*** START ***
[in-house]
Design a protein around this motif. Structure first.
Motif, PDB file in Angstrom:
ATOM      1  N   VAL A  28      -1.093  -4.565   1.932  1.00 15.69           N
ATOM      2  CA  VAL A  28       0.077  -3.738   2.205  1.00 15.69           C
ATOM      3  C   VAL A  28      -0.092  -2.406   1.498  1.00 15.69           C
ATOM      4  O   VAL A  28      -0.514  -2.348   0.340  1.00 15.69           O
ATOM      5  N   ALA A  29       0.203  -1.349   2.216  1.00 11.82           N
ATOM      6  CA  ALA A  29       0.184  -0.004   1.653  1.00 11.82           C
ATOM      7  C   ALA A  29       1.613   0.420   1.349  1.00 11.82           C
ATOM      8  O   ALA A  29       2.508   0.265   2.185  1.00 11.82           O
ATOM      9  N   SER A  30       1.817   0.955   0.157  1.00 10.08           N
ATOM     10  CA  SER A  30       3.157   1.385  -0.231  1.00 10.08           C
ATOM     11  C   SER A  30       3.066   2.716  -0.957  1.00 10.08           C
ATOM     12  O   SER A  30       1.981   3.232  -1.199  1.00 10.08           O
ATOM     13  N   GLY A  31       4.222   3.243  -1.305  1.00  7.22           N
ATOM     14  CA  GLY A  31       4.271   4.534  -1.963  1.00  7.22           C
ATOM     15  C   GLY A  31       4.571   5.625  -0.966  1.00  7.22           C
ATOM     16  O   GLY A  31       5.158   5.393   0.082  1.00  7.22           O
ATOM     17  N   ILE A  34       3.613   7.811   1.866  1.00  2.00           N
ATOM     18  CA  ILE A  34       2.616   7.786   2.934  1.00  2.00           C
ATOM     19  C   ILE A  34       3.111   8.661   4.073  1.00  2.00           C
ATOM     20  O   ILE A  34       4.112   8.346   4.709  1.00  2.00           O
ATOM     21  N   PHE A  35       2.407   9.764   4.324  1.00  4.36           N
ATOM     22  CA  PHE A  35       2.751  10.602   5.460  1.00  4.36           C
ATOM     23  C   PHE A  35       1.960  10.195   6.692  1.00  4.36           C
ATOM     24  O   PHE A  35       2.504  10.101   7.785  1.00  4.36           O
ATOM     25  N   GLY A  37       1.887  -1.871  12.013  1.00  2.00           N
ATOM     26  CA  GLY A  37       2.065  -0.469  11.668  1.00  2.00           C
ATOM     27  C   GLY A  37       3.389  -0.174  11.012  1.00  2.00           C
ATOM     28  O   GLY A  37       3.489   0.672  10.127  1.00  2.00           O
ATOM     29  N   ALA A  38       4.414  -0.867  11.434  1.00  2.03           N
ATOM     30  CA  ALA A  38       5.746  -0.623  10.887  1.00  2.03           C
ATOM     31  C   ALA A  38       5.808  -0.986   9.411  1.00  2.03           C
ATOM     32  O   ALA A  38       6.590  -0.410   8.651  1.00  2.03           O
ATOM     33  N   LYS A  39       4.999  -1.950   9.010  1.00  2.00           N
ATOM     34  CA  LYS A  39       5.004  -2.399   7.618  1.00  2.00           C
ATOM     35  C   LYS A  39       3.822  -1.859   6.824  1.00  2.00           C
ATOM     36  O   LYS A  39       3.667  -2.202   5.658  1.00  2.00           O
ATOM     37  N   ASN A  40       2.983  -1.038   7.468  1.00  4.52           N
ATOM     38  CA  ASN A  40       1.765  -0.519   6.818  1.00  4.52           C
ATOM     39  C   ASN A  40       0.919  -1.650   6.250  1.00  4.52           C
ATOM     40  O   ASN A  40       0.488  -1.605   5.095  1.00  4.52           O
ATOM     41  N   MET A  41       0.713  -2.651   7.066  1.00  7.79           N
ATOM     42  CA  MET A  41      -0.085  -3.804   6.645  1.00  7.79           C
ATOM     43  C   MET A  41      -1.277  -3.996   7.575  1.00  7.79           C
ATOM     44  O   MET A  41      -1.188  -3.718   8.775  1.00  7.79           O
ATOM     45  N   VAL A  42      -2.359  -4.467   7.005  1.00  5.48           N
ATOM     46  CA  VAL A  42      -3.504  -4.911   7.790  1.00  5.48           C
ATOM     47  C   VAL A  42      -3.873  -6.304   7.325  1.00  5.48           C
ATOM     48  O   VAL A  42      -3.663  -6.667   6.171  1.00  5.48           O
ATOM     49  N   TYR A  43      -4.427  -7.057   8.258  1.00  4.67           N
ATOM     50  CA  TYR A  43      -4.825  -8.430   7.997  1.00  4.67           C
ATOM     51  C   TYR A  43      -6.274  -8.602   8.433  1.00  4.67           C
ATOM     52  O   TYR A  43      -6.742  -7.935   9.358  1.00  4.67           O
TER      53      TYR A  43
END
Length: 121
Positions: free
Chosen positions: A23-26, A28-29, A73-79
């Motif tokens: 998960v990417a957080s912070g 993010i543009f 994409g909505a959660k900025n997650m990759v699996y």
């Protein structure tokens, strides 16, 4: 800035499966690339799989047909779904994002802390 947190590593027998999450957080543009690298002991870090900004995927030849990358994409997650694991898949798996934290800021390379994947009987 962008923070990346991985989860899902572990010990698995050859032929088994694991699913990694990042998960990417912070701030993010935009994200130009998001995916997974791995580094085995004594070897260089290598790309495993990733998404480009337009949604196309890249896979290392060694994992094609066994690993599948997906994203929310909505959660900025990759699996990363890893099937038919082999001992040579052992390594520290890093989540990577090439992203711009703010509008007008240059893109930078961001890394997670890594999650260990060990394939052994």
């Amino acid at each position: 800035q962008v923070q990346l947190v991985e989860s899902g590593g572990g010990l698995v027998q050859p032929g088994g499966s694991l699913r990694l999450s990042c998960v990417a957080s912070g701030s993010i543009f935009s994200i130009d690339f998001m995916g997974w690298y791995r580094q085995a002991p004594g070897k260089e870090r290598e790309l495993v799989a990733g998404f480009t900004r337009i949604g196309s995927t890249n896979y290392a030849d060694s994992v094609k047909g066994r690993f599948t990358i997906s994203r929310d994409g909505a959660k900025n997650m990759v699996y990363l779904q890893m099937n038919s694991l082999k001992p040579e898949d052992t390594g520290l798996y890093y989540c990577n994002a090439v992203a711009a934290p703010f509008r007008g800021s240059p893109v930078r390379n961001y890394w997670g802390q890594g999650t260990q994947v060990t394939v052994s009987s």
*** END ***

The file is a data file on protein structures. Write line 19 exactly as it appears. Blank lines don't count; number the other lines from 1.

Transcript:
ATOM     16  O   GLY A  31       5.158   5.393   0.082  1.00  7.22           O